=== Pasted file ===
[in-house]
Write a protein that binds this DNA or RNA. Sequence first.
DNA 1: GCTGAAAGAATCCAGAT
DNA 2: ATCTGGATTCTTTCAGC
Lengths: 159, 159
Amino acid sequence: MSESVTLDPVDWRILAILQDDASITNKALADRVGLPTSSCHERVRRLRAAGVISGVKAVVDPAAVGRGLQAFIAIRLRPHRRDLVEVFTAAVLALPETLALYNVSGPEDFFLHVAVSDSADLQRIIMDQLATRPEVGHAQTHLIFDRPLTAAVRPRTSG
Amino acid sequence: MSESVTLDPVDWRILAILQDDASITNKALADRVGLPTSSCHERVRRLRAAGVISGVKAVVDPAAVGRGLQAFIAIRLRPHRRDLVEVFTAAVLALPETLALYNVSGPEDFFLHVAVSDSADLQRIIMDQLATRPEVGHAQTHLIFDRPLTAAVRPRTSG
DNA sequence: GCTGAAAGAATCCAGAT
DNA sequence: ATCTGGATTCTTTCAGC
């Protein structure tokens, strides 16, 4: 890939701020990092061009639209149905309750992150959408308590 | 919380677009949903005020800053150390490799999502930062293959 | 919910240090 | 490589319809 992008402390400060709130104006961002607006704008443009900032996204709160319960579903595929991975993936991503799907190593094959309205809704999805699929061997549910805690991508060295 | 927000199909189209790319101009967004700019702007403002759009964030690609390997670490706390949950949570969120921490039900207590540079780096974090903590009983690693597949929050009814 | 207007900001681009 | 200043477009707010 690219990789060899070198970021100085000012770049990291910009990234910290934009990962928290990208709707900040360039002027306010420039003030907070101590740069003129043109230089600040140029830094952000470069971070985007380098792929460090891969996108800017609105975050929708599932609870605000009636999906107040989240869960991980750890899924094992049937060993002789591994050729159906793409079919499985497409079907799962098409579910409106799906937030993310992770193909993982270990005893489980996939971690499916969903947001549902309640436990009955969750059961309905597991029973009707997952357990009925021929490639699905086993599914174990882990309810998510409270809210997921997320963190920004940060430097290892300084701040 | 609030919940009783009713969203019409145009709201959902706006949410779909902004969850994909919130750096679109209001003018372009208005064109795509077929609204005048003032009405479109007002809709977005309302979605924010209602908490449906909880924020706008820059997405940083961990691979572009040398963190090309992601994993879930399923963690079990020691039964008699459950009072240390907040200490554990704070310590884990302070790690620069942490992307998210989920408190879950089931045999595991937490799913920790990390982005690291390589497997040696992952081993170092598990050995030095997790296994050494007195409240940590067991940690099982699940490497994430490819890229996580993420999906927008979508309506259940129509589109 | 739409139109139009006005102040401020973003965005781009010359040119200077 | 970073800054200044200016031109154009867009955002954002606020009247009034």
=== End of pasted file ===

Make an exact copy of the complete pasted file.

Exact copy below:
[in-house]
Write a protein that binds this DNA or RNA. Sequence first.
DNA 1: GCTGAAAGAATCCAGAT
DNA 2: ATCTGGATTCTTTCAGC
Lengths: 159, 159
Amino acid sequence: MSESVTLDPVDWRILAILQDDASITNKALADRVGLPTSSCHERVRRLRAAGVISGVKAVVDPAAVGRGLQAFIAIRLRPHRRDLVEVFTAAVLALPETLALYNVSGPEDFFLHVAVSDSADLQRIIMDQLATRPEVGHAQTHLIFDRPLTAAVRPRTSG
Amino acid sequence: MSESVTLDPVDWRILAILQDDASITNKALADRVGLPTSSCHERVRRLRAAGVISGVKAVVDPAAVGRGLQAFIAIRLRPHRRDLVEVFTAAVLALPETLALYNVSGPEDFFLHVAVSDSADLQRIIMDQLATRPEVGHAQTHLIFDRPLTAAVRPRTSG
DNA sequence: GCTGAAAGAATCCAGAT
DNA sequence: ATCTGGATTCTTTCAGC
């Protein structure tokens, strides 16, 4: 890939701020990092061009639209149905309750992150959408308590 | 919380677009949903005020800053150390490799999502930062293959 | 919910240090 | 490589319809 992008402390400060709130104006961002607006704008443009900032996204709160319960579903595929991975993936991503799907190593094959309205809704999805699929061997549910805690991508060295 | 927000199909189209790319101009967004700019702007403002759009964030690609390997670490706390949950949570969120921490039900207590540079780096974090903590009983690693597949929050009814 | 207007900001681009 | 200043477009707010 690219990789060899070198970021100085000012770049990291910009990234910290934009990962928290990208709707900040360039002027306010420039003030907070101590740069003129043109230089600040140029830094952000470069971070985007380098792929460090891969996108800017609105975050929708599932609870605000009636999906107040989240869960991980750890899924094992049937060993002789591994050729159906793409079919499985497409079907799962098409579910409106799906937030993310992770193909993982270990005893489980996939971690499916969903947001549902309640436990009955969750059961309905597991029973009707997952357990009925021929490639699905086993599914174990882990309810998510409270809210997921997320963190920004940060430097290892300084701040 | 609030919940009783009713969203019409145009709201959902706006949410779909902004969850994909919130750096679109209001003018372009208005064109795509077929609204005048003032009405479109007002809709977005309302979605924010209602908490449906909880924020706008820059997405940083961990691979572009040398963190090309992601994993879930399923963690079990020691039964008699459950009072240390907040200490554990704070310590884990302070790690620069942490992307998210989920408190879950089931045999595991937490799913920790990390982005690291390589497997040696992952081993170092598990050995030095997790296994050494007195409240940590067991940690099982699940490497994430490819890229996580993420999906927008979508309506259940129509589109 | 739409139109139009006005102040401020973003965005781009010359040119200077 | 970073800054200044200016031109154009867009955002954002606020009247009034």